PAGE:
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The Spring 2011 issue of The Earth Scientist is focused on modernizing seismology education. Thanks to IRIS, you can download this issue for free as a pdf. Print copies are available in our online store.

Climate and Global Change

Warm near the equator and cold at the poles, our planet is able to support a variety of living things because of its diverse regional climates. The average of all these regions makes up Earth's global climate. Climate has cooled and warmed throughout Earth history for various reasons. Rapid warming like we see today is unusual in the history of our planet. The scientific consensus is that climate is warming as a result of the addition of heat-trapping greenhouse gases which are increasing dramatically in the atmosphere as a result of human activities.

<a href="/earth/polar/cryosphere_permafrost1.html">Permafrost</a> is
ground that is below the freezing point of water (0°C or 32°F) for two
or more years. Permafrost is found at high latitudes like the
<a href="/earth/polar/polar_north.html">Arctic</a> and
<a href="/earth/polar/polar_south.html">Antarctic</a>.
It is also common at high altitudes - like mountainous areas wherever the
<a href="/earth/climate/cli_define.html">climate</a> is
cold. 
Permafrost has been thawing relatively quickly in recent years. Scientists
have found that the rate of permafrost thaw has increased because of <a href="/earth/climate/cli_effects.html">global
warming</a>.<p><small><em>Image courtesy of the    USGS</em></small></p><a href="/earth/climate/cli_define.html">Regional climate</a> is
the average weather pattern in a place over more than thirty years,
including the variations in
<a href="/earth/climate/cli_seasons.html">seasons</a>.
The climate of a region depends on many factors including sunlight,
altitude, topography, and proximity to oceans. Since the equatorial regions
receive more sunlight than the poles, climate varies with
<a href="/earth/climate/cli_latitude.html">latitude</a>.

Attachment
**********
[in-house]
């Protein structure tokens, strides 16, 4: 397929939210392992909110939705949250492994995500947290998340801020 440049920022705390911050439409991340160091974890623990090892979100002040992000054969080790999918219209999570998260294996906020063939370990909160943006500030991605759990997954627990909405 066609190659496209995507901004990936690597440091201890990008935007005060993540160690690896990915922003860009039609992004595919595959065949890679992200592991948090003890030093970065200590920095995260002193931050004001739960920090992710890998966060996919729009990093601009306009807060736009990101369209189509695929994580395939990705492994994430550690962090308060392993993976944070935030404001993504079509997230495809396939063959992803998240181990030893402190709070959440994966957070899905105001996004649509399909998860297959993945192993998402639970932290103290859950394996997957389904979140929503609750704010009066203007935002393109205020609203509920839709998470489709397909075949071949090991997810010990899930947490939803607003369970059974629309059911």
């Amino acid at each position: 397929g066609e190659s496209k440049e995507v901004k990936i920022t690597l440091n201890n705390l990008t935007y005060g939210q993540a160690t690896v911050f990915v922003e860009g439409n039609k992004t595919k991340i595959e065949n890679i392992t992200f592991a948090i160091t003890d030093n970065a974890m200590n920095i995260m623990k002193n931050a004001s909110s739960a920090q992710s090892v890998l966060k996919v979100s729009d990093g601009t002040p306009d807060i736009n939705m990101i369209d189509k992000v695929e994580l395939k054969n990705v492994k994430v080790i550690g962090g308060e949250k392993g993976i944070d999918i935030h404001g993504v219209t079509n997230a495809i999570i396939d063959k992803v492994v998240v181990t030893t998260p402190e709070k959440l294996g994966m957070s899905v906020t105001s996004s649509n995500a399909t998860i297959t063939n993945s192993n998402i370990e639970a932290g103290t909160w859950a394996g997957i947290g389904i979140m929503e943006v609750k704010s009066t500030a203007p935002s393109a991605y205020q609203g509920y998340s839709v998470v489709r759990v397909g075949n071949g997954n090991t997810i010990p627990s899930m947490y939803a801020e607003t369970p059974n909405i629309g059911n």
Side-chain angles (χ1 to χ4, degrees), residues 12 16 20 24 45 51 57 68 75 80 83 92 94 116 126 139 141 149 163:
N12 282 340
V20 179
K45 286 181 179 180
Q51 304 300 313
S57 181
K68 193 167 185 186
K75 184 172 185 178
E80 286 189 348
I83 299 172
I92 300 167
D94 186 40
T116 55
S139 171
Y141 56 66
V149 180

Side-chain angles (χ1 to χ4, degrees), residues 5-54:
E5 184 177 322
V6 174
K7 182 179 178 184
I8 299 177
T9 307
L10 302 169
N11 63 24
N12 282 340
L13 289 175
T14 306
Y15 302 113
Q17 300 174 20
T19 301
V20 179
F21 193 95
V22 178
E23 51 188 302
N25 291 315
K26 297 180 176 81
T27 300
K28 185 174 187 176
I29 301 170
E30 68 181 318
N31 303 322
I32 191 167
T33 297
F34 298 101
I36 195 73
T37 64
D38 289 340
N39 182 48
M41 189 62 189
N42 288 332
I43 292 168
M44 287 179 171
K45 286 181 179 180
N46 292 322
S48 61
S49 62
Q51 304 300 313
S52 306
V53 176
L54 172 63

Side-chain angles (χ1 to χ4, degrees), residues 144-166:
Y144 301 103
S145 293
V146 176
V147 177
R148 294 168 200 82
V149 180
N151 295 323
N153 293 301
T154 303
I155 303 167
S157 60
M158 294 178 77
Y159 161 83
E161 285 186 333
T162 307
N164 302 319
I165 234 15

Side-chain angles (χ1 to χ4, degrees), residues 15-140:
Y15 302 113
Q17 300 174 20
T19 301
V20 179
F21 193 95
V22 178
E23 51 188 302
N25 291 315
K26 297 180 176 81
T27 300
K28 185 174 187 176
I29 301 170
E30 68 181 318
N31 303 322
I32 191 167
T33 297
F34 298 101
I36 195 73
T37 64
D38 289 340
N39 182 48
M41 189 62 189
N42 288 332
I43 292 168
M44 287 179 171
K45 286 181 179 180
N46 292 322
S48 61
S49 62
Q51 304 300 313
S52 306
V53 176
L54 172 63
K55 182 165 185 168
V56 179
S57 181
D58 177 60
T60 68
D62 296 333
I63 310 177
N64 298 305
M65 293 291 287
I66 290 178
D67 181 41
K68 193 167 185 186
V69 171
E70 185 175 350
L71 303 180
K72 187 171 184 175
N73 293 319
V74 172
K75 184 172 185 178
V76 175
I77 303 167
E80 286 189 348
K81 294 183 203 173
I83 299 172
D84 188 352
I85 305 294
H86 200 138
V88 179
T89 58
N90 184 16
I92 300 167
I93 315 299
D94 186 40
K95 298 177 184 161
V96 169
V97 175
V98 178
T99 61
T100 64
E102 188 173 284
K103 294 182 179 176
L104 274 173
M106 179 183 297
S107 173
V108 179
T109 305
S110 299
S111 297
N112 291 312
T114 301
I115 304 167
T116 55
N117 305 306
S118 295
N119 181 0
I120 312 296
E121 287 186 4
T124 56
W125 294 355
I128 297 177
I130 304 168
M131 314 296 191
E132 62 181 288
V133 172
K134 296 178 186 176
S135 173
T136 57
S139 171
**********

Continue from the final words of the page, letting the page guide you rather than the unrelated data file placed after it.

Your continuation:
This image shows how sea surface temperatures change at different latitudes.<p><small><em>Image courtesy of NOAA.  Public domain.</em></small></p>Many forms of air pollution are human-made. Industrial plants, power plants
and vehicles with internal combustion engines produce <a href="/earth/climate/nitrogen_airpollution.html">nitrogen
oxides</a>,
<a href="/earth/Atmosphere/vocs.html">VOCs</a>,
<a href="/physical_science/chemistry/carbon_monoxide.html">carbon monoxide</a>,
<a href="/physical_science/chemistry/carbon_dioxide.html">carbon dioxide</a>,
<a href="/physical_science/chemistry/sulfur_oxides.html">sulfur dioxide</a> and
<a href="/earth/Atmosphere/particulates.html">particulates</a>.
Some of these gases are <a href="/earth/climate/cli_greengas.html">greenhouse
gases</a>,
meaning that they retain heat in the Earth's atmosphere, due to the Earth's
<a href="/earth/climate/earth_greenhouse.html">greenhouse effect</a>.<p><small><em>Image copyright UCAR</em></small></p>Scientists at the University of Michigan have found that <a href="/earth/polar/cryosphere_permafrost1.html">permafrost</a> in the <a href="/earth/polar/polar_north.html">Arctic</a> is extremely sensitive to sunlight.  Exposure to sunlight releases carbon gases trapped in the permafrost, including <a href="/earth/climate/earth_greenhouse.html">climate-warming</a> <a href="/physical_science/chemistry/carbon_dioxide.html">carbon dioxide</a>, to the <a href="/earth/Atmosphere/overview.html">atmosphere</a> much faster than previously thought.<p><small><em>George Kling, The University of Michigan</em></small></p>As temperatures rise and soil moisture decreases, plants are stressed, which can lead to <a href="/earth/climate/crops_withering.html">crop withering</a>. <a href="/teacher_resources/online_courses/health/events_health.html">Droughts</a> accompanied by increased temperatures can lead to famine, social and political disruptions. Scientists are  helping with early identification of drought that might trigger food shortages. Watch the NBC Learn video - <a href="/earth/changing_planet/withering_crops_intro.html">Changing Planet: Withering Crops</a> to find out more.<p><small><em>Image taken by Tomas Castelazo, Creative Commons <a href=&quot;http://creativecommons.org/licenses/by/3.0/deed.en&quot;>Attribution 3.0 Unported</a> license.</em></small></p><b><i>Looking for online resources to use in support of climate change education?</i></b>  Our <a href="/teacher_resources/climate.html">Climate Change Educator Resources page</a> provides links to online content, classroom activities, interactives, and videos as well as resources provided by other leading organizations and agencies on this topic.  Our <a href="/teacher_resources/climate_change_course.html">Climate Change Course Content page</a> provides links to online content for a range of climate change associated topics.<p><small><em>Image courtesy of   Mila Zinkova, Creative Commons Attribution ShareAlike license</em></small></p>

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